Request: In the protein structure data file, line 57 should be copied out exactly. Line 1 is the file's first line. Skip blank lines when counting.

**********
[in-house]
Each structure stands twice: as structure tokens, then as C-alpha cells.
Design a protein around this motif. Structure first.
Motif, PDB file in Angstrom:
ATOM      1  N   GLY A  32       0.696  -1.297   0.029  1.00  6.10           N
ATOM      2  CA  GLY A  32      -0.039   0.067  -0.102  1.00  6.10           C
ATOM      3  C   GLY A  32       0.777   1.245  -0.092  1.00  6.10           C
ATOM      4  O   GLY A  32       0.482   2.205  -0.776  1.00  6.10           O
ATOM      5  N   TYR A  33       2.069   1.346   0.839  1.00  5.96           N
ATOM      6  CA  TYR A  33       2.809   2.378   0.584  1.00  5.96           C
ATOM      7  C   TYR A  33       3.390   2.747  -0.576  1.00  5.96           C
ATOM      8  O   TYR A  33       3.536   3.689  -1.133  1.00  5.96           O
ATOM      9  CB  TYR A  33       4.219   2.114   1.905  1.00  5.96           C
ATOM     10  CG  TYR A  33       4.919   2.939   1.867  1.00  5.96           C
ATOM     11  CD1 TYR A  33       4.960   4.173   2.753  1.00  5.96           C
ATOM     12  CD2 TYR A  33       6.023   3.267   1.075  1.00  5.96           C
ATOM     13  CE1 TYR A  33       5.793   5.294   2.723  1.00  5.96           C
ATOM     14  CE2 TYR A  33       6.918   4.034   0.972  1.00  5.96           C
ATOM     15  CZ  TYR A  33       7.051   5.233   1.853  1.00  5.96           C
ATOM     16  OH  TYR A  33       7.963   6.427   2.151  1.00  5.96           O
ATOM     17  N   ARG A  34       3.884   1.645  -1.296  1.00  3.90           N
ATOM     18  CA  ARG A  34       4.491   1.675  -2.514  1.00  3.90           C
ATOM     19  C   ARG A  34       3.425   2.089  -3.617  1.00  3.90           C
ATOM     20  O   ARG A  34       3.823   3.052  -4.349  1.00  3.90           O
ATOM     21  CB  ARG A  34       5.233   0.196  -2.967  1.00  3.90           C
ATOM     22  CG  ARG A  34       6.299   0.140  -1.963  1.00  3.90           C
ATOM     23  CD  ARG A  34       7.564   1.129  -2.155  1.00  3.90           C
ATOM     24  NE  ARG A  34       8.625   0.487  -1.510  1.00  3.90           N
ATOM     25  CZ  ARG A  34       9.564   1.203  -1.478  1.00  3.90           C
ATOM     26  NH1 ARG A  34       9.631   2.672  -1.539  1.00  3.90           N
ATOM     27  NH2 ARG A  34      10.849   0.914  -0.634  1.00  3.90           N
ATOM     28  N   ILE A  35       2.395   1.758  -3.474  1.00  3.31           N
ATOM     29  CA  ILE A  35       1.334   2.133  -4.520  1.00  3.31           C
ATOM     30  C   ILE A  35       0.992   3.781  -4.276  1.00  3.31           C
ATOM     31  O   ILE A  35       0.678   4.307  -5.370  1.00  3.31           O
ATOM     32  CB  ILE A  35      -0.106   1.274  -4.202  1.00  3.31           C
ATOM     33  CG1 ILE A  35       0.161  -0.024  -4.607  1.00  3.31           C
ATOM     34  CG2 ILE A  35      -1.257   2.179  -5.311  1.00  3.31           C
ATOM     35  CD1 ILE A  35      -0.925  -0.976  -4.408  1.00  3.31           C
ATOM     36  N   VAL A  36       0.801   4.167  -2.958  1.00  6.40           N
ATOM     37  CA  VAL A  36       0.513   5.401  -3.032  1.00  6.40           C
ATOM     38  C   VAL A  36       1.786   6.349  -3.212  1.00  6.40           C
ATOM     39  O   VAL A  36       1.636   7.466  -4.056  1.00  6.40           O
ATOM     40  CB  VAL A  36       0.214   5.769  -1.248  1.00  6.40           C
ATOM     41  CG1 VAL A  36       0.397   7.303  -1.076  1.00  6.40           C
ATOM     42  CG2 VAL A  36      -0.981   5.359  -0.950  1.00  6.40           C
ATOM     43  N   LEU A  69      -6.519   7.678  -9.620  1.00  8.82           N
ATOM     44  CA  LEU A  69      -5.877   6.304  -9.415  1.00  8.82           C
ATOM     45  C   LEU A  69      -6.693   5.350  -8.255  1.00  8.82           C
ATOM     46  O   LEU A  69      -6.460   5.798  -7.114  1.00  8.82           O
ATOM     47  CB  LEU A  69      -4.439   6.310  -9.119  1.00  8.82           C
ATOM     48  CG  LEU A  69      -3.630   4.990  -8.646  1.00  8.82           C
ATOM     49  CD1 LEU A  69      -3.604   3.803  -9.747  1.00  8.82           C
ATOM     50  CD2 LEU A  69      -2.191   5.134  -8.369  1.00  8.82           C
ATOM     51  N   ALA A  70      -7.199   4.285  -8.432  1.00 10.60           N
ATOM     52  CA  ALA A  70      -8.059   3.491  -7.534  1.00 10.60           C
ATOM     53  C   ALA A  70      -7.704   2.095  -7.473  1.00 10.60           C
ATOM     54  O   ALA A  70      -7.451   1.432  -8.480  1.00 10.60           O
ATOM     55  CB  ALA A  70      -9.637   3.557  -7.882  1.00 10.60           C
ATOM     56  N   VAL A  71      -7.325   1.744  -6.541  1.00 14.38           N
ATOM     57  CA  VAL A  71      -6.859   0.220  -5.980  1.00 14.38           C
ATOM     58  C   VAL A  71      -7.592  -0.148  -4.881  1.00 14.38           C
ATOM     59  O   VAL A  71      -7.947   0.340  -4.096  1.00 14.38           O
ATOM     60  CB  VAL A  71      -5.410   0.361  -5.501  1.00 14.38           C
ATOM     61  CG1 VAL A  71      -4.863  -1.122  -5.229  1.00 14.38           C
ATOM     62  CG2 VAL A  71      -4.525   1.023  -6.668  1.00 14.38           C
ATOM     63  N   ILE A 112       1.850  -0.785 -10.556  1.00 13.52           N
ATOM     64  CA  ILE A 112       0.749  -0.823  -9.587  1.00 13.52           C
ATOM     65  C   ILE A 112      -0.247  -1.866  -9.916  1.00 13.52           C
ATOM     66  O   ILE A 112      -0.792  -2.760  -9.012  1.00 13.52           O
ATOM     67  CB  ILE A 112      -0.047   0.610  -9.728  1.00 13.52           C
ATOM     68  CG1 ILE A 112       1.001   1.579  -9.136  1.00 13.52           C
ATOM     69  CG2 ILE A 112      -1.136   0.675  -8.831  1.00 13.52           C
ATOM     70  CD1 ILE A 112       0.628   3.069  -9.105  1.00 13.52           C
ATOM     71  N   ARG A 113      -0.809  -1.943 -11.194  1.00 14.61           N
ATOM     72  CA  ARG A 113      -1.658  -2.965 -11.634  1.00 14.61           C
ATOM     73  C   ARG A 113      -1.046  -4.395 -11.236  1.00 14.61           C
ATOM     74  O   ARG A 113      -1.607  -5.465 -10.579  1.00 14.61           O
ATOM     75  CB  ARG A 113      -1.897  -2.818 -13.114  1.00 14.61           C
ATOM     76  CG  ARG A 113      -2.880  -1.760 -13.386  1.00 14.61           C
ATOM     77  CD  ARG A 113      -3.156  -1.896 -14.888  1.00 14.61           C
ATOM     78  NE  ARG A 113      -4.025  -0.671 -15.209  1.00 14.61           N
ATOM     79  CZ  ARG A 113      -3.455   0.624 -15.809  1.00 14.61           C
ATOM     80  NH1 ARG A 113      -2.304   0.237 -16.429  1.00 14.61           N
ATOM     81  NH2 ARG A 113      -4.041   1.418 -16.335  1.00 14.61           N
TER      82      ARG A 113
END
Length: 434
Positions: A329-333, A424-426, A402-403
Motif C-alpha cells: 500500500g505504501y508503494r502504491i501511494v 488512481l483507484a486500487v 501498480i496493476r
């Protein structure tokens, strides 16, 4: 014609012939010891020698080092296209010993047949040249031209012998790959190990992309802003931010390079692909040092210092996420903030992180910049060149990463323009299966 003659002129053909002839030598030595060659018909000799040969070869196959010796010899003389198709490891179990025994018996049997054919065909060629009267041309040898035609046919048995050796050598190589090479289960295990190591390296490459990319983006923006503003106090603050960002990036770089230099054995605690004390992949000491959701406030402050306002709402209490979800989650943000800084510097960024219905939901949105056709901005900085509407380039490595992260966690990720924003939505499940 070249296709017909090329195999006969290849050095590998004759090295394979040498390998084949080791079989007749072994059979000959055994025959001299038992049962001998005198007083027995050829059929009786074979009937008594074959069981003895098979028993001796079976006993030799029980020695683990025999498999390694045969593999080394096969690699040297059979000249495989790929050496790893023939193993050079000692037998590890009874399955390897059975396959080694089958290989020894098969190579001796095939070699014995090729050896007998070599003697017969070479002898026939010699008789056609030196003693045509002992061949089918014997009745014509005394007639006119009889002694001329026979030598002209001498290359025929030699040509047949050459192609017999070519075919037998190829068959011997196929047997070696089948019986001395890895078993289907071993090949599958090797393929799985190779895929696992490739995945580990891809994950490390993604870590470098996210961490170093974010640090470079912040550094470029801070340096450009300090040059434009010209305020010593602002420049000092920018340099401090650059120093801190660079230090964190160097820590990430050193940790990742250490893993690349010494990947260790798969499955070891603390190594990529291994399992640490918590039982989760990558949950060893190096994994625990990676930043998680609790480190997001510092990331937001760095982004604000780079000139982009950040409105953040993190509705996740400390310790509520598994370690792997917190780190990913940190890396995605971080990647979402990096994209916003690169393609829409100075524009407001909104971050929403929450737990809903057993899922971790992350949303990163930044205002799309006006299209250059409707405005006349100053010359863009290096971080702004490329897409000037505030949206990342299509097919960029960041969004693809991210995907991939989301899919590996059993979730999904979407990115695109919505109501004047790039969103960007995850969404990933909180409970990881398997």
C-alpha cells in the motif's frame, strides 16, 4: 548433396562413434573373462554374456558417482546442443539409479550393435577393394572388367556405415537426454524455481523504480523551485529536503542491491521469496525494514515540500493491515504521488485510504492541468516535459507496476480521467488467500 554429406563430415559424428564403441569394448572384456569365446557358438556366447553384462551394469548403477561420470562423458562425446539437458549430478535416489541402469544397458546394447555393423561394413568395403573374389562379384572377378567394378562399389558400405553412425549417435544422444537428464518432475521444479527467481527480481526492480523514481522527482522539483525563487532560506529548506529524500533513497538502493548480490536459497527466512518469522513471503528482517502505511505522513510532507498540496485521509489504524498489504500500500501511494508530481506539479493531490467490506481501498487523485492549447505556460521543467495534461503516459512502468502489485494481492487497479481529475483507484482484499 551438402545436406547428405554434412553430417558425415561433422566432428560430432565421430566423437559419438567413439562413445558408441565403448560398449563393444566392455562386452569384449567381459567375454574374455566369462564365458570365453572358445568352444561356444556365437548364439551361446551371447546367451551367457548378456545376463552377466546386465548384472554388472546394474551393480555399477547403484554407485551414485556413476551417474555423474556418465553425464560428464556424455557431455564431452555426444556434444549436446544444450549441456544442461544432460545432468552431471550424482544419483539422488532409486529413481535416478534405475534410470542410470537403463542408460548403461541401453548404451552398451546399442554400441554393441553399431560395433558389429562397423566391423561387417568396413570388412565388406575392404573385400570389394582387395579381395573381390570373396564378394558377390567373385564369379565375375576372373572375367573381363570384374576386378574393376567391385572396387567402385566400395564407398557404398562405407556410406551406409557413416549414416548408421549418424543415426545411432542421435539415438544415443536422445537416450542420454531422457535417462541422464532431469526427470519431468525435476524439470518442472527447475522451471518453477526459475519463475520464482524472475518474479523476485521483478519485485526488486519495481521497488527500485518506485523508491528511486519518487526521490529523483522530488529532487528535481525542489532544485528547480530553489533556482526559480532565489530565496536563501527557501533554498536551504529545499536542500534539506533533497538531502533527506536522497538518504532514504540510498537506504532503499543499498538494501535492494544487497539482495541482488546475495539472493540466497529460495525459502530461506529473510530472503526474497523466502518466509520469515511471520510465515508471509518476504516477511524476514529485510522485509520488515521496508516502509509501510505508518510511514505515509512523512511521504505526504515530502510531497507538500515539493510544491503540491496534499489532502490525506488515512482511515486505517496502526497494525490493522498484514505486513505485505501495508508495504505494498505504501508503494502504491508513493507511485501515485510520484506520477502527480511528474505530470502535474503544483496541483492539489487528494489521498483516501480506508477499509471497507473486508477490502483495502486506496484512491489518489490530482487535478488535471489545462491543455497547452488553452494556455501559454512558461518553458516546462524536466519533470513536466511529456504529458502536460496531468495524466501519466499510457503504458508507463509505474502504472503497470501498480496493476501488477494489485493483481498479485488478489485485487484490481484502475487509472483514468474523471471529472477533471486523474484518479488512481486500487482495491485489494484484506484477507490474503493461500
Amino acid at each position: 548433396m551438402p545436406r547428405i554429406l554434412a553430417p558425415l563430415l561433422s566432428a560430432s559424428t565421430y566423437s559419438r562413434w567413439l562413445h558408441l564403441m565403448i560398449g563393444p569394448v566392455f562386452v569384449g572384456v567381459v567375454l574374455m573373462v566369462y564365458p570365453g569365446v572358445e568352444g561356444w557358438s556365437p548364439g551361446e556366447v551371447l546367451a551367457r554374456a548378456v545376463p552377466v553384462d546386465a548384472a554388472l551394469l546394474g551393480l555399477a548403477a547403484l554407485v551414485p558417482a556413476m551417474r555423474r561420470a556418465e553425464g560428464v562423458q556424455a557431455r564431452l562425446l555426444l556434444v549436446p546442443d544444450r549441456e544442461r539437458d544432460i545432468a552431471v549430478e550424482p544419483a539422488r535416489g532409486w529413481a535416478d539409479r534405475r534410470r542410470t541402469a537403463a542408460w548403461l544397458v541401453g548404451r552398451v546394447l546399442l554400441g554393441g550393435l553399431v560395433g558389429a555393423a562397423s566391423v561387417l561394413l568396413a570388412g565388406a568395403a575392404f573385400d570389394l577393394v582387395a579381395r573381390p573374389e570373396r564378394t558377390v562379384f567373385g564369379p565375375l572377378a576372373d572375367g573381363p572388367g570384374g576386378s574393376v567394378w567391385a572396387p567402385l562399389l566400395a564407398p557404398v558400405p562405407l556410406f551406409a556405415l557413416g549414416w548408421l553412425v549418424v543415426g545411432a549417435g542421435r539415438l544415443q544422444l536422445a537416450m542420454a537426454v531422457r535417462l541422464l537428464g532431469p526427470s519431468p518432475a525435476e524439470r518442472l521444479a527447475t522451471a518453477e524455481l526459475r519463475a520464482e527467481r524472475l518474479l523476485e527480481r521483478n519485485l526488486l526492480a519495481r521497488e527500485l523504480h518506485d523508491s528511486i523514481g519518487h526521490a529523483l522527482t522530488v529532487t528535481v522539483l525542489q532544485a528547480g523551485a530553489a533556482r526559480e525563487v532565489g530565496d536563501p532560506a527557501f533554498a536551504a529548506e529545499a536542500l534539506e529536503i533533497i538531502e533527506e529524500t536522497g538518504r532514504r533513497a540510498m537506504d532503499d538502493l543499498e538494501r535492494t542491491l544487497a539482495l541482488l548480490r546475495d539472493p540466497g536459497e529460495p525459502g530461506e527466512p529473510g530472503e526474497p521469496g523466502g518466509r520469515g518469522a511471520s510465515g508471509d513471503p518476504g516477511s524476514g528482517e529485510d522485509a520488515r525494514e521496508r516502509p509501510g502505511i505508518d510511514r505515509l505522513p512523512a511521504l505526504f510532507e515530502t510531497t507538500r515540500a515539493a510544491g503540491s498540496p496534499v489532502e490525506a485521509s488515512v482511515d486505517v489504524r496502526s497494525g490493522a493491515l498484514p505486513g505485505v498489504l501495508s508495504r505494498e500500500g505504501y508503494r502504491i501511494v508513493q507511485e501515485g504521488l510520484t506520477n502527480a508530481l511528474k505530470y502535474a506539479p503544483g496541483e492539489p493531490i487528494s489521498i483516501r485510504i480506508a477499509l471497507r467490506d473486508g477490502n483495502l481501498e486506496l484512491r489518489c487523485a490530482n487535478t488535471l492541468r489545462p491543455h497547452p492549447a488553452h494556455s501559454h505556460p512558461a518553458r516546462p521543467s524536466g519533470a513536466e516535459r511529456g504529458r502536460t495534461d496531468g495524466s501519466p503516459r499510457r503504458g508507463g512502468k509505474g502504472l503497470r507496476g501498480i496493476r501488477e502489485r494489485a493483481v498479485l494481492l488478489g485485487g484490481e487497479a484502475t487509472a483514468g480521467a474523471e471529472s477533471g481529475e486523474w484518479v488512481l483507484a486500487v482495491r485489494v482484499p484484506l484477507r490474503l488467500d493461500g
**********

ATOM     53  C   ALA A  70      -7.704   2.095  -7.473  1.00 10.60           C